Friday, February 20, 2015

Read Porter's New Article On Greek Grammars

Stan Porter's new article in BAGL is available online. You can read it here. The title? –"The Usage-Based Approach to Teaching New Testament Greek."


  1. What I would love to see is a study that surveys people 1, 2, or 5 years after they completed introductory Greek, and relates their existing proficiency to the way in which they were taught. I have heard many people explain why their particular approach works better than any other, but I haven't seen actual results. My non-scientific, non-objective observation is that students who want to learn Greek well enough to use it tend to learn and keep it, while those who consider it a hurdle to be jumped tend not to, irrespective of the teaching method.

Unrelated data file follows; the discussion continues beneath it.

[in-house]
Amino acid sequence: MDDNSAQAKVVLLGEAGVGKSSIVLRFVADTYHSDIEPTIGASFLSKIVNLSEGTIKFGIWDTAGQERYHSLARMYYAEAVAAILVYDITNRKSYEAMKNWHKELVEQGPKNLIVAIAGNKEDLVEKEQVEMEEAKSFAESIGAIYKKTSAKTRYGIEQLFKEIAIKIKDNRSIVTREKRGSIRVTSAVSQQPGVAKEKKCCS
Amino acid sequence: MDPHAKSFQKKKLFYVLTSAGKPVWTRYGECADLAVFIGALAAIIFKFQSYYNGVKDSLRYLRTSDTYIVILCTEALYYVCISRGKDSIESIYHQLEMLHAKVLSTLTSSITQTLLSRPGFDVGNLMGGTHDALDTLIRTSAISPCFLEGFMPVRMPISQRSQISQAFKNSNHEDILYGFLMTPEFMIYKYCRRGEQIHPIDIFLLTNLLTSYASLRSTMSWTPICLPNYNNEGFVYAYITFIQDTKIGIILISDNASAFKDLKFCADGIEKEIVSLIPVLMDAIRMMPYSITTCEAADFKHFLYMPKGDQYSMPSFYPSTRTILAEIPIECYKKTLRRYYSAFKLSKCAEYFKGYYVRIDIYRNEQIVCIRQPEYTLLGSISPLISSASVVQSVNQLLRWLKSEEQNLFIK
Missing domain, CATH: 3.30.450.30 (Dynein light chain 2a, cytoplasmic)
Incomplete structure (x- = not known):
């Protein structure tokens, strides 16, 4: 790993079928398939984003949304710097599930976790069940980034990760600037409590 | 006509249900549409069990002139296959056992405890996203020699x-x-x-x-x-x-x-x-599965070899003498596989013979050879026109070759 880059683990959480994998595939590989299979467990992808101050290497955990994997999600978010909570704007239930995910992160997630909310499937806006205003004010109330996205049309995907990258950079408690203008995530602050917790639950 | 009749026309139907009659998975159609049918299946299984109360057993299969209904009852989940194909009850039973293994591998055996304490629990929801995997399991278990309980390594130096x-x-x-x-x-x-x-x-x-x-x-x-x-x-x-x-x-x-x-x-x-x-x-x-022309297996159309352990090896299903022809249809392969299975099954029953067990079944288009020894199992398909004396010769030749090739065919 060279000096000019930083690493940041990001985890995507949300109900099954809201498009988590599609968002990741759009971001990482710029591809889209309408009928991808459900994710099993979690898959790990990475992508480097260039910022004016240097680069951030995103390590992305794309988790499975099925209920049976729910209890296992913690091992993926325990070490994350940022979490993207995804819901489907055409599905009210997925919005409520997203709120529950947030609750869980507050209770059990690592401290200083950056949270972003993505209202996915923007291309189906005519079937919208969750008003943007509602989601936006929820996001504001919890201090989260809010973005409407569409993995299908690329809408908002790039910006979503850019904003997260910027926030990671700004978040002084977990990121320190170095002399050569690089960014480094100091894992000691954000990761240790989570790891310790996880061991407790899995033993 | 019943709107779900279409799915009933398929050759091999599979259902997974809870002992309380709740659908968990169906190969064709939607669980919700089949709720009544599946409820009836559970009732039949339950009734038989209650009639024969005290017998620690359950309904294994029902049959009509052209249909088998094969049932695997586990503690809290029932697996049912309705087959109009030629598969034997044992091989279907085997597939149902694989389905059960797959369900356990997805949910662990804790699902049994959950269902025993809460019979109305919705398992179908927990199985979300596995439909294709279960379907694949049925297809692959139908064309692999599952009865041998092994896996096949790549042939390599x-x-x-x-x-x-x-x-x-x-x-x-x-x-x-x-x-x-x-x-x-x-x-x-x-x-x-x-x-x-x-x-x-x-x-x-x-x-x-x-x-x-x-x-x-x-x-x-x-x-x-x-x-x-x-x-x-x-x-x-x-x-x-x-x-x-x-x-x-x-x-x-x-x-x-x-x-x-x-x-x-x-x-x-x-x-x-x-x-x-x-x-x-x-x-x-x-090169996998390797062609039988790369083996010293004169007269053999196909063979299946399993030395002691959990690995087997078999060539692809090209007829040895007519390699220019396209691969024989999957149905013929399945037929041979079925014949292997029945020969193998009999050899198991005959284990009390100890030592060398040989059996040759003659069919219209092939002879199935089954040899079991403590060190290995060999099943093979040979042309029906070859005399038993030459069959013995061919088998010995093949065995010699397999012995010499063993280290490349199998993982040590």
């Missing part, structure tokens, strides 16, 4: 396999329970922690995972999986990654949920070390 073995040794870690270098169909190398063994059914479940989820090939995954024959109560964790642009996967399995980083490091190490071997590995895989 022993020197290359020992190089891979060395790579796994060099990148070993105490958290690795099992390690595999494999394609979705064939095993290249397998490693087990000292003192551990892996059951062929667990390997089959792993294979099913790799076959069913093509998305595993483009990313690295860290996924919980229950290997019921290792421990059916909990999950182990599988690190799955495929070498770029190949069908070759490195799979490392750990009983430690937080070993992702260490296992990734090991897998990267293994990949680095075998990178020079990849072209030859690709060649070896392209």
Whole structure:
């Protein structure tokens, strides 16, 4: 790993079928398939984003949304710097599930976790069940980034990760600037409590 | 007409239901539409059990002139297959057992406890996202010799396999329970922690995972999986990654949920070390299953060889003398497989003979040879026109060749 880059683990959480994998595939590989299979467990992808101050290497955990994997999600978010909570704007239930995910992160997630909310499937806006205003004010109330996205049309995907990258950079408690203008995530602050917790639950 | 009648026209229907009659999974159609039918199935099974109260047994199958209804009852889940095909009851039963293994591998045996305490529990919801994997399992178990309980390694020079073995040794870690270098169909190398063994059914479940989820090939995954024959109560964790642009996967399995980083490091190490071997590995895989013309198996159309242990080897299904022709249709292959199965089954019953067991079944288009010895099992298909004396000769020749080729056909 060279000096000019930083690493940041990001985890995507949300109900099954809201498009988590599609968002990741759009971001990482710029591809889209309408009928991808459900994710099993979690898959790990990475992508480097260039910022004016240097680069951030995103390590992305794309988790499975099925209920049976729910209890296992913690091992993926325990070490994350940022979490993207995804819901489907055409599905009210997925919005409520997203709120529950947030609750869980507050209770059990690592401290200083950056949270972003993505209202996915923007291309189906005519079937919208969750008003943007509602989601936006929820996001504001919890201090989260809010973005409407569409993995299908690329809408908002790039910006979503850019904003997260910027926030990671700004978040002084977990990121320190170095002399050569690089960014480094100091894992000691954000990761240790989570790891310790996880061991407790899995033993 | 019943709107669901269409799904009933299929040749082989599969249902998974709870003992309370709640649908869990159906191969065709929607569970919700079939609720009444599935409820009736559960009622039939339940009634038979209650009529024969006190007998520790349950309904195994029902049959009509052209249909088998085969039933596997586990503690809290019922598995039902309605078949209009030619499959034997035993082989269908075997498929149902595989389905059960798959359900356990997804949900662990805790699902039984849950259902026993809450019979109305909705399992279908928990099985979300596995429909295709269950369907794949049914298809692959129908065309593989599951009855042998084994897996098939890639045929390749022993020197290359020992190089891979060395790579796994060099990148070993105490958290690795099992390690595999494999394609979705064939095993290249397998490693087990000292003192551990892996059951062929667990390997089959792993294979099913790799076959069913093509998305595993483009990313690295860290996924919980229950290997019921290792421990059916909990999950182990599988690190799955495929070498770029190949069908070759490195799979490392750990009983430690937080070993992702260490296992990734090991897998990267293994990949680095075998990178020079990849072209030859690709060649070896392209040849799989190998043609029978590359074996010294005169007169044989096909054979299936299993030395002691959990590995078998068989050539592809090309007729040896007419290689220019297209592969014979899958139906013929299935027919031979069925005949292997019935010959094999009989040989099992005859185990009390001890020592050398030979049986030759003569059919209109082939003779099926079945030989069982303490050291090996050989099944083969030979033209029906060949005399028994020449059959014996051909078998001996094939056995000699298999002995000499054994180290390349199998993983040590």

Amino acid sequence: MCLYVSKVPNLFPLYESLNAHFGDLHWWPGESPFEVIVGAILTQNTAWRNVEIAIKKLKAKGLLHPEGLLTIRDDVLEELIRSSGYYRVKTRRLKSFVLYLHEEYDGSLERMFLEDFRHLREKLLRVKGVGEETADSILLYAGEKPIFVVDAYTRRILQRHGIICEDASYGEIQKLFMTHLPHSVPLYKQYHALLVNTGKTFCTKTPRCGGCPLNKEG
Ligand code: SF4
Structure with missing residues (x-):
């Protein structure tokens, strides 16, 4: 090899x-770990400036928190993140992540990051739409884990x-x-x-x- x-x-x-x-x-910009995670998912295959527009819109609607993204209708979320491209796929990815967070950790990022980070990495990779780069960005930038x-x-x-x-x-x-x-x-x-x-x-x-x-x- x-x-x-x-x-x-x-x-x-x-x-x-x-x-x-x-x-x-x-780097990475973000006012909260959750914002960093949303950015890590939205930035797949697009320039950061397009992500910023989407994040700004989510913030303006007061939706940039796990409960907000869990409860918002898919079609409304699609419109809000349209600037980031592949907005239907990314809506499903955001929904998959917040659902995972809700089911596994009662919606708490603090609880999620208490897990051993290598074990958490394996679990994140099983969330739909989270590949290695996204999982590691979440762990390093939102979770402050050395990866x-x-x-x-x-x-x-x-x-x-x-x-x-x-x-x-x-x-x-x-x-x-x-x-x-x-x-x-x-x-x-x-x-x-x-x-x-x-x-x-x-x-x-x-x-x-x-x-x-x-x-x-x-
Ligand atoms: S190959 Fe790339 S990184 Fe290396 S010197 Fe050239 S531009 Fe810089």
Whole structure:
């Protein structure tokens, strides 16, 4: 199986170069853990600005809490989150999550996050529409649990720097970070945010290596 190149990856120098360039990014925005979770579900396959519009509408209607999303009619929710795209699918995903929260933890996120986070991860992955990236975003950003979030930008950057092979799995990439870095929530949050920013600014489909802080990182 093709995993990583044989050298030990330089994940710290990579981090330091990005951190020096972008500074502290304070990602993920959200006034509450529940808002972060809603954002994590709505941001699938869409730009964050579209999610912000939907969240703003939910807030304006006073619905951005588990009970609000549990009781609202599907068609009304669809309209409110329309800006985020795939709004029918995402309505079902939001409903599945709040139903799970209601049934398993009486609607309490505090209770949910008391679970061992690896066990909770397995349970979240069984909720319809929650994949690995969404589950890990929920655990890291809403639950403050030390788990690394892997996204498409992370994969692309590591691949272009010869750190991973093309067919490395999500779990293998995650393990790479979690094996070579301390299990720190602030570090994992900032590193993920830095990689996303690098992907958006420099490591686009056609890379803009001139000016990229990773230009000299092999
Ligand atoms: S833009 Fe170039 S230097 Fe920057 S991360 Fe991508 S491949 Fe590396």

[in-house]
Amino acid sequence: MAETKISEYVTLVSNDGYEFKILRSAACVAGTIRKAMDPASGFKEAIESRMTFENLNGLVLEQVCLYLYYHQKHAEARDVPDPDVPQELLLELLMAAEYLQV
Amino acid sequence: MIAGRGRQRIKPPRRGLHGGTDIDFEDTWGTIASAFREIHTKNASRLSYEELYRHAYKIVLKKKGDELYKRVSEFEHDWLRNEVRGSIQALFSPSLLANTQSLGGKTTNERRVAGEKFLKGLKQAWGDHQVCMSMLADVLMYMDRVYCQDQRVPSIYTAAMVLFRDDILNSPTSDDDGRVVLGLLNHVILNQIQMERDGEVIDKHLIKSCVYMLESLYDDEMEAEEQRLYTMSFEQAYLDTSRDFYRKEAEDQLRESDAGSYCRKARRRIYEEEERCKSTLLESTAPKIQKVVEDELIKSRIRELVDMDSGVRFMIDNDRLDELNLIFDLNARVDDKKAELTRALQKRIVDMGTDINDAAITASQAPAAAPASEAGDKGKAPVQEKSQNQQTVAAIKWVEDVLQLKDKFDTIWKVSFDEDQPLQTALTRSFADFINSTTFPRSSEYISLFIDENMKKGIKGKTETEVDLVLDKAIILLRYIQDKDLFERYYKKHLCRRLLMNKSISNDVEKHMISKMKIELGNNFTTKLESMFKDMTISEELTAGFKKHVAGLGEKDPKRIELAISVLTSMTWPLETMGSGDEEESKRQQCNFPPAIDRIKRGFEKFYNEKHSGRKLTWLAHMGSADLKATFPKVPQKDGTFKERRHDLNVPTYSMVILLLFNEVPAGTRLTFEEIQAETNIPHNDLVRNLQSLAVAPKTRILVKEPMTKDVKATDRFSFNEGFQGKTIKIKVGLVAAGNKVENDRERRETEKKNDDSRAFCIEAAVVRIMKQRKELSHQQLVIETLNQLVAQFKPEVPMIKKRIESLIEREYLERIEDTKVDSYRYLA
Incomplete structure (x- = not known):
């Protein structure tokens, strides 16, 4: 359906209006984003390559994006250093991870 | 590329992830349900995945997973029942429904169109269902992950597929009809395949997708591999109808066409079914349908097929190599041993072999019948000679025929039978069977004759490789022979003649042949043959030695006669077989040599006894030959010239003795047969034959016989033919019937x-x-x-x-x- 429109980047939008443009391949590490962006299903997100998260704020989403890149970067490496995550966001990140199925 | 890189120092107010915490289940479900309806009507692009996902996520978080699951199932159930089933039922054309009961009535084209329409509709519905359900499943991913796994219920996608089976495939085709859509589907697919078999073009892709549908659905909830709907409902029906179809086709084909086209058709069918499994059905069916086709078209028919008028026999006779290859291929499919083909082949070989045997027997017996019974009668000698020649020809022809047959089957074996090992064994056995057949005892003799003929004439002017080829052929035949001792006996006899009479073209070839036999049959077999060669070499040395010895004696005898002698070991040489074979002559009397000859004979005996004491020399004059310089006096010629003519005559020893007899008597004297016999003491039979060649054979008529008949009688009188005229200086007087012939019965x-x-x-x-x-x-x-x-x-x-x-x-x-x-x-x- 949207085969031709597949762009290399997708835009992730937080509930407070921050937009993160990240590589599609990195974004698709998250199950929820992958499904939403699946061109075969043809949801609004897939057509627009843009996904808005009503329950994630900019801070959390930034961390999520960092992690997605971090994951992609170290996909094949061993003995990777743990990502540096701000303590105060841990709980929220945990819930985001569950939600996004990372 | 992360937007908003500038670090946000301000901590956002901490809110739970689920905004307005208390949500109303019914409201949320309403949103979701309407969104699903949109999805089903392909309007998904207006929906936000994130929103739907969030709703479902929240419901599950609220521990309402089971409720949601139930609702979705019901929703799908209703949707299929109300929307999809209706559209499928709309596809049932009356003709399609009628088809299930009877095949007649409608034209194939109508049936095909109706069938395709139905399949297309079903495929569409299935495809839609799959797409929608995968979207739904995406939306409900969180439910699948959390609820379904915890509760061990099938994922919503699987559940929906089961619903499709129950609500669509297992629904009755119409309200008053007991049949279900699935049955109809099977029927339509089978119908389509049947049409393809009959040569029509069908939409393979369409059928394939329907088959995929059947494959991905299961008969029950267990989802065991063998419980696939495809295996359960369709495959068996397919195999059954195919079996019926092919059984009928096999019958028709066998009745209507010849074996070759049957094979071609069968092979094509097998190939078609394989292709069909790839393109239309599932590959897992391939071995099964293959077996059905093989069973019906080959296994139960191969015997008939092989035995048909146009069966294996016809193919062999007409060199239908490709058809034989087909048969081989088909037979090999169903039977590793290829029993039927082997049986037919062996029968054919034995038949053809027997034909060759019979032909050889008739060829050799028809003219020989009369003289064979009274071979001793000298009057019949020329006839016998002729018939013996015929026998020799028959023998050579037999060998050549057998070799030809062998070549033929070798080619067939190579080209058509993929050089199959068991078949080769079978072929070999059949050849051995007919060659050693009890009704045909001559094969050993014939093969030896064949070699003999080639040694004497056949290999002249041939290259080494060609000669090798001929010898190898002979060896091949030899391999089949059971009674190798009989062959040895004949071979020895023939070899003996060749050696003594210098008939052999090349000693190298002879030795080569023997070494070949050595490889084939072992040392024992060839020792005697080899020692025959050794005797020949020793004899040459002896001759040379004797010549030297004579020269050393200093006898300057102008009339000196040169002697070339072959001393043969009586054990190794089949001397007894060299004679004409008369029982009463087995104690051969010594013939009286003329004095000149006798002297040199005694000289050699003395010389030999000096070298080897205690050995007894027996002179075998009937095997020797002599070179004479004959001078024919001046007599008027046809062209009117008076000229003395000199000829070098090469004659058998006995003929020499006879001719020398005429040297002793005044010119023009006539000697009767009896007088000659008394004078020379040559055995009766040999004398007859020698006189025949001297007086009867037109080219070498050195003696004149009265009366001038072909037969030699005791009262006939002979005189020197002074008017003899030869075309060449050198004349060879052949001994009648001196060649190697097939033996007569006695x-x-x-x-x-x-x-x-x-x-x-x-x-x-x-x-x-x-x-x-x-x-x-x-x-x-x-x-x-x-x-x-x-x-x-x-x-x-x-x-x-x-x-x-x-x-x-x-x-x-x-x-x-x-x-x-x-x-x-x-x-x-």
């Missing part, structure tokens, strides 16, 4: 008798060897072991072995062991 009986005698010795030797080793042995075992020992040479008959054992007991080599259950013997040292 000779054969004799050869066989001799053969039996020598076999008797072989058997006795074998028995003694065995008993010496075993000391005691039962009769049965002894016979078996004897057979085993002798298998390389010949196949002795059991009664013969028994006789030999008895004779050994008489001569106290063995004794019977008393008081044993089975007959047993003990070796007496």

I'm going to guess that if one did a survey such as the one I described, the results would show a tighter correlation between the enthusiasm and energy of the Greek teacher and the results than between the particular pedagogical approach of the grammar used and the results.

    I'm not saying pedagogy is unimportant. It is. But what we lack in teaching NT Greek is any sort of measurement to tell us what works overall. Further, different students learn differently. Since I tend to be eccentric in the way I study and learn, I'm fully aware of that. I often found myself working around a professor's pet theories in order to learn in my own way while still fulfilling the expected assignments.

    OK ... long comment. Just thinking ...

    1. Henry, thanks for the comment. I'd enjoy seeing a study like that too. Unfortunately, I don't think major theological institutions would be super enthusiastic about finding out whether or not their students are using Greek years later. I could be wrong about that, but it's a hunch. I think if most did allow such a study to be done, they would prefer it to be conducted internally.